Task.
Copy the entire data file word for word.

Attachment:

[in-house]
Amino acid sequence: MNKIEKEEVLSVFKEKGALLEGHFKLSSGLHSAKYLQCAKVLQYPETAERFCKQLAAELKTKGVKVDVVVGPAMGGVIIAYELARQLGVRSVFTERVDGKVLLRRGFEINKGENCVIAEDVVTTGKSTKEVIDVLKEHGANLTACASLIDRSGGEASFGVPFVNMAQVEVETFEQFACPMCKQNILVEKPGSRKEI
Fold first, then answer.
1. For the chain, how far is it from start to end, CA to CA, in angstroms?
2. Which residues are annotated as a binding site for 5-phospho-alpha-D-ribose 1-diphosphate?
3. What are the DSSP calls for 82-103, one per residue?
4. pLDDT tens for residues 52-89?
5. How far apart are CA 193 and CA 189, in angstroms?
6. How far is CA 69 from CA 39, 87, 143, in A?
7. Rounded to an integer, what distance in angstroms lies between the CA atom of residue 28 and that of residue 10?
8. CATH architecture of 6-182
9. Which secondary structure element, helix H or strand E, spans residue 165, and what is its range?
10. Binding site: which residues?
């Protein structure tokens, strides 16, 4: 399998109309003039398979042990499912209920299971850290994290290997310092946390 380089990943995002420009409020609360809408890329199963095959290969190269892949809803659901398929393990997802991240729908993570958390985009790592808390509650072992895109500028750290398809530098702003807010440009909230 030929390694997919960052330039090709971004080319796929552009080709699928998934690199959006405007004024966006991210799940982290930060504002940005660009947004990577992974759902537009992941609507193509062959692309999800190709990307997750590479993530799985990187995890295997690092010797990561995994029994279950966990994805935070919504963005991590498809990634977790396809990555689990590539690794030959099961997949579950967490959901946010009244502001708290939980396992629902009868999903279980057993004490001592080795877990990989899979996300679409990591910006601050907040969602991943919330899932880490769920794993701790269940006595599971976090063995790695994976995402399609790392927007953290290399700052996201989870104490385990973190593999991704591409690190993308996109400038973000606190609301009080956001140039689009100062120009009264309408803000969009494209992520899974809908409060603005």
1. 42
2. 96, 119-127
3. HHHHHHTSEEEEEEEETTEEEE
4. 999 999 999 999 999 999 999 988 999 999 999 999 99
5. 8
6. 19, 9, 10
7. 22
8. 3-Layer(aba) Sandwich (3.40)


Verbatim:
[in-house]
Amino acid sequence: MNKIEKEEVLSVFKEKGALLEGHFKLSSGLHSAKYLQCAKVLQYPETAERFCKQLAAELKTKGVKVDVVVGPAMGGVIIAYELARQLGVRSVFTERVDGKVLLRRGFEINKGENCVIAEDVVTTGKSTKEVIDVLKEHGANLTACASLIDRSGGEASFGVPFVNMAQVEVETFEQFACPMCKQNILVEKPGSRKEI
Fold first, then answer.
1. For the chain, how far is it from start to end, CA to CA, in angstroms?
2. Which residues are annotated as a binding site for 5-phospho-alpha-D-ribose 1-diphosphate?
3. What are the DSSP calls for 82-103, one per residue?
4. pLDDT tens for residues 52-89?
5. How far apart are CA 193 and CA 189, in angstroms?
6. How far is CA 69 from CA 39, 87, 143, in A?
7. Rounded to an integer, what distance in angstroms lies between the CA atom of residue 28 and that of residue 10?
8. CATH architecture of 6-182
9. Which secondary structure element, helix H or strand E, spans residue 165, and what is its range?
10. Binding site: which residues?
């Protein structure tokens, strides 16, 4: 399998109309003039398979042990499912209920299971850290994290290997310092946390 380089990943995002420009409020609360809408890329199963095959290969190269892949809803659901398929393990997802991240729908993570958390985009790592808390509650072992895109500028750290398809530098702003807010440009909230 030929390694997919960052330039090709971004080319796929552009080709699928998934690199959006405007004024966006991210799940982290930060504002940005660009947004990577992974759902537009992941609507193509062959692309999800190709990307997750590479993530799985990187995890295997690092010797990561995994029994279950966990994805935070919504963005991590498809990634977790396809990555689990590539690794030959099961997949579950967490959901946010009244502001708290939980396992629902009868999903279980057993004490001592080795877990990989899979996300679409990591910006601050907040969602991943919330899932880490769920794993701790269940006595599971976090063995790695994976995402399609790392927007953290290399700052996201989870104490385990973190593999991704591409690190993308996109400038973000606190609301009080956001140039689009100062120009009264309408803000969009494209992520899974809908409060603005």
1. 42
2. 96, 119-127
3. HHHHHHTSEEEEEEEETTEEEE
4. 999 999 999 999 999 999 999 988 999 999 999 999 99
5. 8
6. 19, 9, 10
7. 22
8. 3-Layer(aba) Sandwich (3.40)